If you have followed along with this blog you know I keep close track of my finances. There are a few reasons for it: It is partly because I need to, when traveling long term you can derail your trip if you don’t know where your money is going. After doing sports statistics almost every day for a decade, that compulsion to quantify everything just doesn’t go away. Also because I think it makes a good blueprint for someone else’s trip. I realize most people don’t do this type of travel but if it helps one person plan then it is worth it.
These are the final numbers for 110 days in Latin America. Keep in mind these numbers reflect basic travel. Few “nice” hotels, even less fancy restaurants, no mid trip airplanes or private tours. It does mean hostels, overnight buses, mom and pop eateries, walking tours, free museums, parks and beaches. It also includes loads of new friends, unlimited laughs and a lifetime of memories.
What wasn’t included here were the flights in and out of Latin America, travel insurance, vaccinations, and the visa for Brazil. These things vary wildly.
Of course these numbers aren’t scientific. Sometimes I spent a little more to be lazy and sometimes I would grind it out to save a buck. Other people’s experience may be different but these are the actual numbers with no manipulation, recorded after every transaction.
Here is the breakdown:
Sometimes a taxi is a moto taxi
Cabs- I generally dislike using cabs and prefer to walk but sometimes my hand was forced. Late at night it is not always safe to walk in South America, especially if I was a few drinks in. Also, when arriving or departing a new city I would sometimes opt for a cab in favor of lugging by bags over distance. I know this is a bit lazy, but so be it. I used cabs the most in Panama ($4.50 per day) and the least in Peru ($.55 per day). Overall, I averaged $2.81 per day using cabs.
Hostels aren’t all bad, this one in Santa Cruz, Bolivia was under $8
Lodging- This included mostly hostels, a few hotels, some couch surfing and overnight transport. I’m not super picky in this area. Just so long as it is secure, I can deal with anything else. Lack of temperature control, hot water and even electricity were things I overlooked at times. Of course some hostels were fabulous and better than what I had at home. I spent the most in Ecuador ($14.76 per night) because I used hotels more frequently there. I managed to spend just $4.44 per night in Bolivia. In total, I averaged $8.33 per night for a place to sleep.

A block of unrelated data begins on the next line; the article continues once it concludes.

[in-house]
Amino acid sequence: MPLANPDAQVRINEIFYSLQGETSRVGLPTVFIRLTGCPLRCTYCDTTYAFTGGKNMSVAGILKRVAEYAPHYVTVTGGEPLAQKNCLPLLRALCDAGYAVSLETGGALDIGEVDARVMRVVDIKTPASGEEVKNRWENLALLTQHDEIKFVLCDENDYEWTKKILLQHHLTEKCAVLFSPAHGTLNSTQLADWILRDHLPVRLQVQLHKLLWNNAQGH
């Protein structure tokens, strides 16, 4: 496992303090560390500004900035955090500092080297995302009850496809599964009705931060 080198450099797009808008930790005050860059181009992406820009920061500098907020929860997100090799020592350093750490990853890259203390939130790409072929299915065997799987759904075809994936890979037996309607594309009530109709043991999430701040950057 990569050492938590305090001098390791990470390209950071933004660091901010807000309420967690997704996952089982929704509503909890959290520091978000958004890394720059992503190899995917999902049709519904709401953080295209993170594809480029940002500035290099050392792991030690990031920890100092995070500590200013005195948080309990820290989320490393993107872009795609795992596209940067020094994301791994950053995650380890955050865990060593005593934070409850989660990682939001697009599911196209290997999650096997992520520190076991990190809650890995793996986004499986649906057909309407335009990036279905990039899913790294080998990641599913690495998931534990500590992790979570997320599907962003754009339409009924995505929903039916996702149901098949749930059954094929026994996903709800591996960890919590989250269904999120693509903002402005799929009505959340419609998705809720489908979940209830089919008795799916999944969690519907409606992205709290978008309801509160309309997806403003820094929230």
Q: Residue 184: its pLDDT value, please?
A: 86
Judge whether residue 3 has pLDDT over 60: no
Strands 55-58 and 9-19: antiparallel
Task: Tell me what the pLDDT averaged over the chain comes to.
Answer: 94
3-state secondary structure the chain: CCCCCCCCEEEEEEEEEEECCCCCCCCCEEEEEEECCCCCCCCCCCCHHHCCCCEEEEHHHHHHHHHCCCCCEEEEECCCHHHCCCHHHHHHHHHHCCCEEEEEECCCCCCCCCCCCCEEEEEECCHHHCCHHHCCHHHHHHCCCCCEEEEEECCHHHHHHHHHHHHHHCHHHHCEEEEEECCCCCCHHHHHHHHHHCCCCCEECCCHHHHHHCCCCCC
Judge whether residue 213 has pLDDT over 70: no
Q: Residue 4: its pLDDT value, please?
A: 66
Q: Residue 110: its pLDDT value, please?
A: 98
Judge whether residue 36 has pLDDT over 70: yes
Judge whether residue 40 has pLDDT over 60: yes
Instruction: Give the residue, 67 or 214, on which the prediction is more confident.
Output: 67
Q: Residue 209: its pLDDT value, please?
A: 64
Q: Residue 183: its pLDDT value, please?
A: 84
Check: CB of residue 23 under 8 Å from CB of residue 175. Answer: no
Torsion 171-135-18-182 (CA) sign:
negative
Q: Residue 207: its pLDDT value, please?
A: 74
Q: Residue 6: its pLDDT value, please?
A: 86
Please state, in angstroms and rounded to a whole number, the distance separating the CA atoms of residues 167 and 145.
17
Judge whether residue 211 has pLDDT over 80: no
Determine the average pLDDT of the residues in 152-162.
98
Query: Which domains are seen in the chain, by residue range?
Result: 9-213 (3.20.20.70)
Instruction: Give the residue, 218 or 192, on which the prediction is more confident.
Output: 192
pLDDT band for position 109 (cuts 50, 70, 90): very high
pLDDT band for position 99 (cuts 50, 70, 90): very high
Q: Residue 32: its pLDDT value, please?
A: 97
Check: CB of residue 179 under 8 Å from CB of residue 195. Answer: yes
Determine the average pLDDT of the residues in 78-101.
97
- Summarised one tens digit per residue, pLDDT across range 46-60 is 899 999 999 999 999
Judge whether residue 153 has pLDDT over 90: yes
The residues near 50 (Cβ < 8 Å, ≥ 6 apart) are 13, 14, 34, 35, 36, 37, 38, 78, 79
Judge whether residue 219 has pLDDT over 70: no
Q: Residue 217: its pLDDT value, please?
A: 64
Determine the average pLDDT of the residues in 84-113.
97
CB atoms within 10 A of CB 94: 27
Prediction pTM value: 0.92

Picked up a switchblade in Panama for $6
Other- This included everything not listed elsewhere. Things like laundry, medicine, clothes, taxes, and various supplies. I spent $6.66 per day in Colombia mostly due to souvenirs and a hefty airport tax. In contrast, I only spent $.61 per day in Ecuador. All said, I dropped $2.20 per day on other.
You can find beers of all types on the road
Beer- This is a very personal one. Some people would drink much more or some less and some not at all. This category includes all alcohol but most times it was beer. I had a real good time in Peru, spending $3.55 per day and only spent $2.11 per day in Bolivia. Of course the price per beer is different in each place but overall I averaged $2.86 per day for beer.
A Lama steak won’t break the bank in Bolivia ($7)
Food- I lost a total for 4 pounds over the 110 days but it wasn’t because of the food! I ate great all trip! I didn’t always eat breakfast, but if I did it was usually included at the hostel or hotel. That said, I spent $1.19 per day in Brazil while not spending a penny in Panama or Ecuador. In total, I spent an average of just $.38 on the first meal of the day. Lunch was the main meal in some places, like Panama, where I spent $3.87 per day. I got away with just $2.15 per day in Ecuador. Overall, lunch set me back $3.15 per day on average. On the other hand, dinner was big in Ecuador where I spent a whopping $6.61 per day. In Panama, I limited myself to just $1 per day for dinner. In total, I spent $3.84 a day on dinner. I have a bit of a bad habit of snacking as well. I spent $1.19 per day on snacks in Brazil but didn’t give into the temptation at all in Panama. I spent $.54 per day over my time in Latin America. All said, I spent $7.91 per day on food.
Headed into the bush in the Pantanal with my guide Tony
Tours- In general, I tried to occupy my time with free activities but if there was something that I just had to do, I gladly forked over the cash. The Uyuni Salt Flat tour in Bolivia cost me big, but was worth it. I spent $9.22 per day in Bolivia while I enjoyed the free nature of Ecuador and only spent $.15 per day. On average, I spent $3.65 per day on tours.
A shuttle to the middle of nowhere, Brazil
Shuttle/Metro- Rather than get a cab I rode shuttles or the local public transportation on occasion but not in every place. On the trip, I spent an average of $.63 per day on shuttles and $.14 per day on public transport.
When the person in front puts their seat back
Buses- This was my main way of getting from city to city and did it quite often with the exception of Panama and Columbia where I stayed in the same place. Brazil was the most expensive with at $5.53 per day while in Bolivia is was just $4. Overall, the bus was a major expense at $3.30 per day.
Gifts- I’m a guy who doesn’t mind getting a round of drinks for his new friends. I got a gift for a local who showed me around or opened their home to me. Overall, I averaged $.38 per day on gifts.
Don’t drink the tap water, this feast was $10
Water- Outside of a few places, tap water is not safe to drink in Latin America. Although many hostels/hotels/residences have filters I still bought quite of bit of water. In Bolivia I spent $.66 per day while I went without in Panama. Overall, I spent $.36 a day on water.
All said and done, I spent an average of $32.62 on daily living over 110 days in Central/South America.